His outlet passing skills have sharpened since he took his talents to South Beach because Miami is such a strong transition team. ‘Bron dishes out the ball and runs the court like a point guard, but has the strength and power of a center. Put it this way: LeBron is either the passer – the quarterback – or the recipient – the wide receiver – of an outlet pass these days in South Florida.

3. KEVIN GARNETT
KG is in the final stage of his career, as his likely last stop is in Brooklyn with the Nets. Garnett has become one of those players that the new kids on the block will try to become compared to – as any comparison to the veteran is nothing but complimentary. His style of play has been a rarity in the league for the last 18 years in the pros, so it only makes sense that he has the rare outlet pass skill in his tool belt.

Garnett has been known for his defensive capabilities, so grabbing that board – whether it occurs via boxing out or using his crazy arm length to simply outreach his opponent – or having the awareness to intercept a pass, allows KG to utilize the outlet pass on countless occasions. Garnett also possesses guard-like passing skills (his famous double-team no-look dish is beautiful), allowing him to make a pinpoint outlet pass on the break.

2. TIM DUNCAN
Outlet passing is one of the pioneer fundamentals in the game of basketball. Therefore, we shouldn’t be surprised that the Big Fundamental is one of the league’s greatest outlet passers in recent memory. His specialty for outlet passing is a testament to the fact that he is one of the most efficient players on both ends of the floor of all time.

When Gregg Poppvich wanted to speed up the offense in an effort to hold onto their competitive advantage among an evolving league that was shifting to a more athletic, faster emphasis, he asked Timmy to push the ball up the floor faster. With Duncan’s high basketball I.Q., strength, court vision, and already solid passing skills, he had success with showing off his outlet passing abilities. Having the quick Tony Parker and Manu Ginobili as his targets did not hurt his efforts, either.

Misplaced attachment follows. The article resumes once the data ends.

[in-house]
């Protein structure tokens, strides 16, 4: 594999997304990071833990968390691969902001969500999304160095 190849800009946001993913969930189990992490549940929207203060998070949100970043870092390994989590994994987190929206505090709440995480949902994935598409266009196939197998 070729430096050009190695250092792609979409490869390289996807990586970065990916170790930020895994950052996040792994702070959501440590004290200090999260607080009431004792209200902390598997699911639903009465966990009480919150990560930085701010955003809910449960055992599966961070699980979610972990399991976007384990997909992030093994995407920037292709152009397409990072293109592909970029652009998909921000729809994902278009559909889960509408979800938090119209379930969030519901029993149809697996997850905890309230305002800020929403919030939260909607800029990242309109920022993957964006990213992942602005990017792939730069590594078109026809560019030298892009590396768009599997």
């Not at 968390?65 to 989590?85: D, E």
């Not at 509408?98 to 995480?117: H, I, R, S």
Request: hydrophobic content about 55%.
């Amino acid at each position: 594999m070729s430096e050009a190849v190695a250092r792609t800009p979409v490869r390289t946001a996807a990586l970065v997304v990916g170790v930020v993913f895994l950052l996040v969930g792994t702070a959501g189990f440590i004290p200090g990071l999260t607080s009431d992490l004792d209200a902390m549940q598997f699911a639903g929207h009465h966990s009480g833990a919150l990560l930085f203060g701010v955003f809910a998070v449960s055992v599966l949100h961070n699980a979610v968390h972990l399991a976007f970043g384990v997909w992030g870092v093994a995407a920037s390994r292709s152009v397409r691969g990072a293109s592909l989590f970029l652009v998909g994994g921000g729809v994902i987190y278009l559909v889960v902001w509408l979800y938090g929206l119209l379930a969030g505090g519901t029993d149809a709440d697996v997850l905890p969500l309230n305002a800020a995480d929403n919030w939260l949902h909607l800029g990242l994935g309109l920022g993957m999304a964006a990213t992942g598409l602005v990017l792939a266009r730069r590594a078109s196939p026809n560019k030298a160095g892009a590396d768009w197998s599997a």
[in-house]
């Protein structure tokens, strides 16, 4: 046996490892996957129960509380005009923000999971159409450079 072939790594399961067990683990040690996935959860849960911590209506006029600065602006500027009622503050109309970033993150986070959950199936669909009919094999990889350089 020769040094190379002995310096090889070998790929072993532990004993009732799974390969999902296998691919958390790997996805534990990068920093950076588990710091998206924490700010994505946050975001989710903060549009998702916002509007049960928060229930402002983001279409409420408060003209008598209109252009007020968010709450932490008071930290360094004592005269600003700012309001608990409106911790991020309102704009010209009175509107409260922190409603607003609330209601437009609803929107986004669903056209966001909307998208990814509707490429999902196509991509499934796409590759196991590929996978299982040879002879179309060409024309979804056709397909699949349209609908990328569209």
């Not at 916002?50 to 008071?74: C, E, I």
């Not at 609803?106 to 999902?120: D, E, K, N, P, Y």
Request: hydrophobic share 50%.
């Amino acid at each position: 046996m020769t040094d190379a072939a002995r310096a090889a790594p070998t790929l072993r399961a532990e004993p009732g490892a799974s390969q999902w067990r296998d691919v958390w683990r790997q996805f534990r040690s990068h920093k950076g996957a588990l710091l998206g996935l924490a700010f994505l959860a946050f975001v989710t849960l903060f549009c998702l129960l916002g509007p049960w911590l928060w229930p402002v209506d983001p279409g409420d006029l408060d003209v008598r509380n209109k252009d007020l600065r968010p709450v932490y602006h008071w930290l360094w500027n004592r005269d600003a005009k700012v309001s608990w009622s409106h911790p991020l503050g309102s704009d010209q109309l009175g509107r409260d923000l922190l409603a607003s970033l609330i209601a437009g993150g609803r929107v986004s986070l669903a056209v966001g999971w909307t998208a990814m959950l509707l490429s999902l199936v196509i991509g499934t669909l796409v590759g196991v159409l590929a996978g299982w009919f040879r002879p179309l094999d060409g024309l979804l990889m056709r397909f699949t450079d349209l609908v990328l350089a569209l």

The following video of Timmy’s outlet passes from 48minutesofhell with Keith Sweat‘s “Twisted” as the background music might be the best thing ever.

1. KEVIN LOVE
Kevin Love is not only the best outlet passer in the NBA today, but he is in his own category. His outlet passes are a definite throwback and resemble those of Wes Unseld. In fact, Love’s middle name was chosen after the 1988 Hall of Fame inductee. If you watched Love during his days at UCLA, then you saw what was coming once he came to the majors. As a Bruin, his outlet passes to perhaps the most athletic player in the game today, Russell Westbrook, were spectacular to watch. In fact, do yourself a favor and YouTube them.

Corey Brewer seems to be Love’s new favorite target of his perfectly executed outlet passes. Brewer even recently stated, “Sometimes I feel like I’m Jerry Rice and Joe Montana‘s throwing it deep.” With Love’s early childhood dream of being a quarterback and Brewer’s high school experience of playing the wide receiver position, this could wind up as the closest basketball comparison of the Montana-Rice duo on hardwood.

Love had to practice patience, learn the intricacies of the game, and get those partners – Ricky Rubio and Brewer – to finish these beautiful passing works of art.

How underrated is the outlet pass as a skill?